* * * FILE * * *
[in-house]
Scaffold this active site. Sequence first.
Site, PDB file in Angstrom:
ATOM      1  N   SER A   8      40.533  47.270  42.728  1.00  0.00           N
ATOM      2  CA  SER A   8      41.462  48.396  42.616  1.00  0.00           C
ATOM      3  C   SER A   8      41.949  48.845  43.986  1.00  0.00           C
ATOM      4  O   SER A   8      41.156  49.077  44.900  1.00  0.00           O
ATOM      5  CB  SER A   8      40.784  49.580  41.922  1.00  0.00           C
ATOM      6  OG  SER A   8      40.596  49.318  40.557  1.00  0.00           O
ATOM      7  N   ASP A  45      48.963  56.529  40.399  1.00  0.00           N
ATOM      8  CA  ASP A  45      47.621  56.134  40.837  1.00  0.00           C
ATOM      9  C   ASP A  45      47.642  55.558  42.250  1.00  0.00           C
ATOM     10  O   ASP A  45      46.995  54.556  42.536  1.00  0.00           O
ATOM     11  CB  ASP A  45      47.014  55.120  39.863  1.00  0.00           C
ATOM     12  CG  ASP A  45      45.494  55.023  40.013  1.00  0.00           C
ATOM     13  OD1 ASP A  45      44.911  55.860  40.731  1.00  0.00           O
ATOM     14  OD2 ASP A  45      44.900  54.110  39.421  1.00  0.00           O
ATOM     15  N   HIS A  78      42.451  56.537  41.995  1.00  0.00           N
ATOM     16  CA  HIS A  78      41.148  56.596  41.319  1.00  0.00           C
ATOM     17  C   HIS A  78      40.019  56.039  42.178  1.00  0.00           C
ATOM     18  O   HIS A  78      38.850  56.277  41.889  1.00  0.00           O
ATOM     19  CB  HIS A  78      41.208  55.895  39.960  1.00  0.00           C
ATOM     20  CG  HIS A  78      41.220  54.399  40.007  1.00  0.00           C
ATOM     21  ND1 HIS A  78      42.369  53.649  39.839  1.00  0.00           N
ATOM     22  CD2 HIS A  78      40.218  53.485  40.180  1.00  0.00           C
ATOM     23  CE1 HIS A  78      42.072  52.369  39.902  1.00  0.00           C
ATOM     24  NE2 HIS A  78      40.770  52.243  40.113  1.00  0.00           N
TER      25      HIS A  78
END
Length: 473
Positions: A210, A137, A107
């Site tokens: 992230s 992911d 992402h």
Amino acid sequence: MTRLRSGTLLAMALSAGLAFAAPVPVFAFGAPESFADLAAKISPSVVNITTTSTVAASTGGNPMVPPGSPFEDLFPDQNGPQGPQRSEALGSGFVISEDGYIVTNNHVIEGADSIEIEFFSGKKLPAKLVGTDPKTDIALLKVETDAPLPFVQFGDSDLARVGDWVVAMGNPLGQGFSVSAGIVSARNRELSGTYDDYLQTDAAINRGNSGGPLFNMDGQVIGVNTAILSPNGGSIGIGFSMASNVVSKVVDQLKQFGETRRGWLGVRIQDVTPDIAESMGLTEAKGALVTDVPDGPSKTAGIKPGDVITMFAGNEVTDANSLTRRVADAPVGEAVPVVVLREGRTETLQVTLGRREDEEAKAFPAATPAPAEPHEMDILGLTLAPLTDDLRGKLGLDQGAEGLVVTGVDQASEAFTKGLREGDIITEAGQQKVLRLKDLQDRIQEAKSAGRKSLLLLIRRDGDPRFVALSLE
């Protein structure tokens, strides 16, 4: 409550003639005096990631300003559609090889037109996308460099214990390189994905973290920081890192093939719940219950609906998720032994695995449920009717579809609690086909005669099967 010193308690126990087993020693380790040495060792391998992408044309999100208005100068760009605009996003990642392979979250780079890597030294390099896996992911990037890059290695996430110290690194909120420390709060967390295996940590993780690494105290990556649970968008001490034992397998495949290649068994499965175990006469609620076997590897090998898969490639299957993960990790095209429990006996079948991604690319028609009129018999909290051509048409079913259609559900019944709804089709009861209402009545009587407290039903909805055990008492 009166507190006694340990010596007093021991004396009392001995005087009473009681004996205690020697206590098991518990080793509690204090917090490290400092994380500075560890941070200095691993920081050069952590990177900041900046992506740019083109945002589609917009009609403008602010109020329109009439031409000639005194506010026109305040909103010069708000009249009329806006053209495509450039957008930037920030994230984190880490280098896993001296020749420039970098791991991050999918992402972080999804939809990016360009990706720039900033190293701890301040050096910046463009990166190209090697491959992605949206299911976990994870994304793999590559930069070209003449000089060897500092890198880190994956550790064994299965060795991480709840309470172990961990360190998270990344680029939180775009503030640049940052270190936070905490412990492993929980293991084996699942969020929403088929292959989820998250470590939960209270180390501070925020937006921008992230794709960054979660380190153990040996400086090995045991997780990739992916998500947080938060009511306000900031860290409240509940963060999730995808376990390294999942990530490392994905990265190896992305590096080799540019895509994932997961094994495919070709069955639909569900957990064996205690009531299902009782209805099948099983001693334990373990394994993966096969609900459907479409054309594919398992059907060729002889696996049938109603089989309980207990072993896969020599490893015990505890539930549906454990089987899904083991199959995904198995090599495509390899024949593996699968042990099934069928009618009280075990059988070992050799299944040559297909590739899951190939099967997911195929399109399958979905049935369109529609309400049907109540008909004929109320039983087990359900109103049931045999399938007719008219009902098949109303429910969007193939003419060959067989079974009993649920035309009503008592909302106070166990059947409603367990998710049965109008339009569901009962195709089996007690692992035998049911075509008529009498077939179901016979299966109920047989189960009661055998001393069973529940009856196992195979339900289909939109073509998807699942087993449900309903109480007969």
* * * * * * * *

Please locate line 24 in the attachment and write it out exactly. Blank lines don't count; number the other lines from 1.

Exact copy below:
ATOM     21  ND1 HIS A  78      42.369  53.649  39.839  1.00  0.00           N